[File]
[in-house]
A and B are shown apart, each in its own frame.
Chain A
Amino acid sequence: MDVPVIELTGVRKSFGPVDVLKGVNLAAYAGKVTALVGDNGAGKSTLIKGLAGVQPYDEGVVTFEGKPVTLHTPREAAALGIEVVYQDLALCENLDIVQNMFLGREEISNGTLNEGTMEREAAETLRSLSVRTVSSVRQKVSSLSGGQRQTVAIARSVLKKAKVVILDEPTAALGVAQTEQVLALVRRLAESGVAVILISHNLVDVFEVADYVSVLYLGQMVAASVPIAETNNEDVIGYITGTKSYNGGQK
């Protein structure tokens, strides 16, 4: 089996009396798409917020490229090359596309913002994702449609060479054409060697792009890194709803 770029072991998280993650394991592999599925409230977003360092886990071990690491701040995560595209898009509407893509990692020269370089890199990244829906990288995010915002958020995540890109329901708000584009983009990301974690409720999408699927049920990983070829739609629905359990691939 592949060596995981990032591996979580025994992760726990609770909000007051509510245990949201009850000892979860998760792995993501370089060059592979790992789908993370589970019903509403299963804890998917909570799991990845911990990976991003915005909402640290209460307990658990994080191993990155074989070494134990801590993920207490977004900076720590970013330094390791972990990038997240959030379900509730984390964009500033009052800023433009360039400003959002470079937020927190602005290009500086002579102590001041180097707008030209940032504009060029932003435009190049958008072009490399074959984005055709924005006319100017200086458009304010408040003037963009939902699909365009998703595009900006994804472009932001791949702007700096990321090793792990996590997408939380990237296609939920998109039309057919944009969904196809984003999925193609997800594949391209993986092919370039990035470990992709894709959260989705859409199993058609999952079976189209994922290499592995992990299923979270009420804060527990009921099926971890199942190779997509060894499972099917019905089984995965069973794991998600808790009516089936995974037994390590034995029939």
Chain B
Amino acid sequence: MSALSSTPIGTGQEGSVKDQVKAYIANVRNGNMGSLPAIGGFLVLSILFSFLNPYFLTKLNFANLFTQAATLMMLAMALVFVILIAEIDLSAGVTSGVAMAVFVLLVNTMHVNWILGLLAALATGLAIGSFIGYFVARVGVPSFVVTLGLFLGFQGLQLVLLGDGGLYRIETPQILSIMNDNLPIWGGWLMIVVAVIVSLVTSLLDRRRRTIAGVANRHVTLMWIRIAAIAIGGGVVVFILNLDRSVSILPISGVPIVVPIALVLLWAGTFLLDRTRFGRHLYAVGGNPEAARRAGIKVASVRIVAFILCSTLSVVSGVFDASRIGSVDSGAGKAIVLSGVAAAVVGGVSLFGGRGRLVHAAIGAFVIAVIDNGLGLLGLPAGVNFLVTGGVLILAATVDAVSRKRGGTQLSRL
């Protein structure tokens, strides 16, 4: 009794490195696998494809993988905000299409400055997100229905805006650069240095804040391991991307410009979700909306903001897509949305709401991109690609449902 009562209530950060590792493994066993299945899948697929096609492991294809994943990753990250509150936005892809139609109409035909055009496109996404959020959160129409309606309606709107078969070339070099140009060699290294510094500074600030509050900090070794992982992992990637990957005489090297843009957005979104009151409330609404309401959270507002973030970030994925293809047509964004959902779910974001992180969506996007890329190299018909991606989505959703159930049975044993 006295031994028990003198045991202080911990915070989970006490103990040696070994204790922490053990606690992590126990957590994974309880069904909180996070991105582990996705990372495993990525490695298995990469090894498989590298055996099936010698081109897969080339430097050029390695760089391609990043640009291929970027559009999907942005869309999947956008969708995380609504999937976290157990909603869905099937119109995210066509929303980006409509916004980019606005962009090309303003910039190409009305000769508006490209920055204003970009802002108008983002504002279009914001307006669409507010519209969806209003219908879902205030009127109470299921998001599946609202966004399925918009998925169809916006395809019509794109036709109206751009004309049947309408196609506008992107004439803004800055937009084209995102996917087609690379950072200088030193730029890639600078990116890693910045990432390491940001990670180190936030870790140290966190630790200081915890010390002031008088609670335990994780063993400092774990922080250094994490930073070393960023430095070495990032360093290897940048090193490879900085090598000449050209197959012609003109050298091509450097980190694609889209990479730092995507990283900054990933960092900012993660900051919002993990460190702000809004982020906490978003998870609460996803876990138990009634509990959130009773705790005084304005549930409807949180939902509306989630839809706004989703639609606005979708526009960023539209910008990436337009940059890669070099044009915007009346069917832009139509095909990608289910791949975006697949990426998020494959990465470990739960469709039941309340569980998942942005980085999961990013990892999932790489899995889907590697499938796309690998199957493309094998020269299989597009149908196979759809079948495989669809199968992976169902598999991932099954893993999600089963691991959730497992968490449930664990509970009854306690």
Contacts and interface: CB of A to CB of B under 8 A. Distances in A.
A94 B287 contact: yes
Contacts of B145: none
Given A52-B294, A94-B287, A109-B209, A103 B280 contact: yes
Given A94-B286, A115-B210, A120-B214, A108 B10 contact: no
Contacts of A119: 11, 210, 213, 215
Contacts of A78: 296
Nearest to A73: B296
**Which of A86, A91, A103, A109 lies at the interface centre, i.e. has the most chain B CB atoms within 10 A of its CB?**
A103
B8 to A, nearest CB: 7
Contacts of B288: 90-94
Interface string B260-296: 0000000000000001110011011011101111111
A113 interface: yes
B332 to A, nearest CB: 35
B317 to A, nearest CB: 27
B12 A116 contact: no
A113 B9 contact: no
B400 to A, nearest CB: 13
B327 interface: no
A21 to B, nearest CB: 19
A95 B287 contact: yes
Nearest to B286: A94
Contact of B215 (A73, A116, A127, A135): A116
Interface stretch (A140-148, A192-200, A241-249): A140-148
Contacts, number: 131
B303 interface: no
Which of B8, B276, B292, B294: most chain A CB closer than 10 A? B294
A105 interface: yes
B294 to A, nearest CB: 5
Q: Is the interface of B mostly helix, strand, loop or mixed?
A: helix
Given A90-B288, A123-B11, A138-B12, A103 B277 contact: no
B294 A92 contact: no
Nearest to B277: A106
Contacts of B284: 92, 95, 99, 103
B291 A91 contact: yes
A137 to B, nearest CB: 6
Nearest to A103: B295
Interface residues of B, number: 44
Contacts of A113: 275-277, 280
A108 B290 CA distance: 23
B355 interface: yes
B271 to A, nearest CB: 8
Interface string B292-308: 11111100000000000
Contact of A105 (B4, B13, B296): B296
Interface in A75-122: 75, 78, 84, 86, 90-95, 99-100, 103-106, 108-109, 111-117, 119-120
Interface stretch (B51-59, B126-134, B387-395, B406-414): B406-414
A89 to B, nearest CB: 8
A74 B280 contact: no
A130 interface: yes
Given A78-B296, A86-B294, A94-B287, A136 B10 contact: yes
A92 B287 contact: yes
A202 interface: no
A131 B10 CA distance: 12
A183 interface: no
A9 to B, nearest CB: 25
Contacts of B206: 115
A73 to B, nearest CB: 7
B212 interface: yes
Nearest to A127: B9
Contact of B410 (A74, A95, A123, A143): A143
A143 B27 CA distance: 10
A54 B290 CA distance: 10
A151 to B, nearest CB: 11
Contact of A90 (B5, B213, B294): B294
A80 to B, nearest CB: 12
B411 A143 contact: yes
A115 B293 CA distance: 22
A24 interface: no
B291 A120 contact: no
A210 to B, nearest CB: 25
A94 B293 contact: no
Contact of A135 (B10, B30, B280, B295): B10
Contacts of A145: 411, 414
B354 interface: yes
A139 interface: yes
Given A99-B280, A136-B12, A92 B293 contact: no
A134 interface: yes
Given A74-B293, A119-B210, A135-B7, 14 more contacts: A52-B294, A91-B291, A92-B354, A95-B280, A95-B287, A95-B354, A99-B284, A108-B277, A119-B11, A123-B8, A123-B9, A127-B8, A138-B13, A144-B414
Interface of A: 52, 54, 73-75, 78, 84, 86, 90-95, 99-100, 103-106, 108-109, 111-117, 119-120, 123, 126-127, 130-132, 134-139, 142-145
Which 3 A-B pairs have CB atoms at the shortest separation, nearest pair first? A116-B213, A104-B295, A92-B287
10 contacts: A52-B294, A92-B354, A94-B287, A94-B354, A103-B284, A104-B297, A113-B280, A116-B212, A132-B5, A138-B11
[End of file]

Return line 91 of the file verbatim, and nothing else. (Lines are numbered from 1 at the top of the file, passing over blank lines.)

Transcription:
10 contacts: A52-B294, A92-B354, A94-B287, A94-B354, A103-B284, A104-B297, A113-B280, A116-B212, A132-B5, A138-B11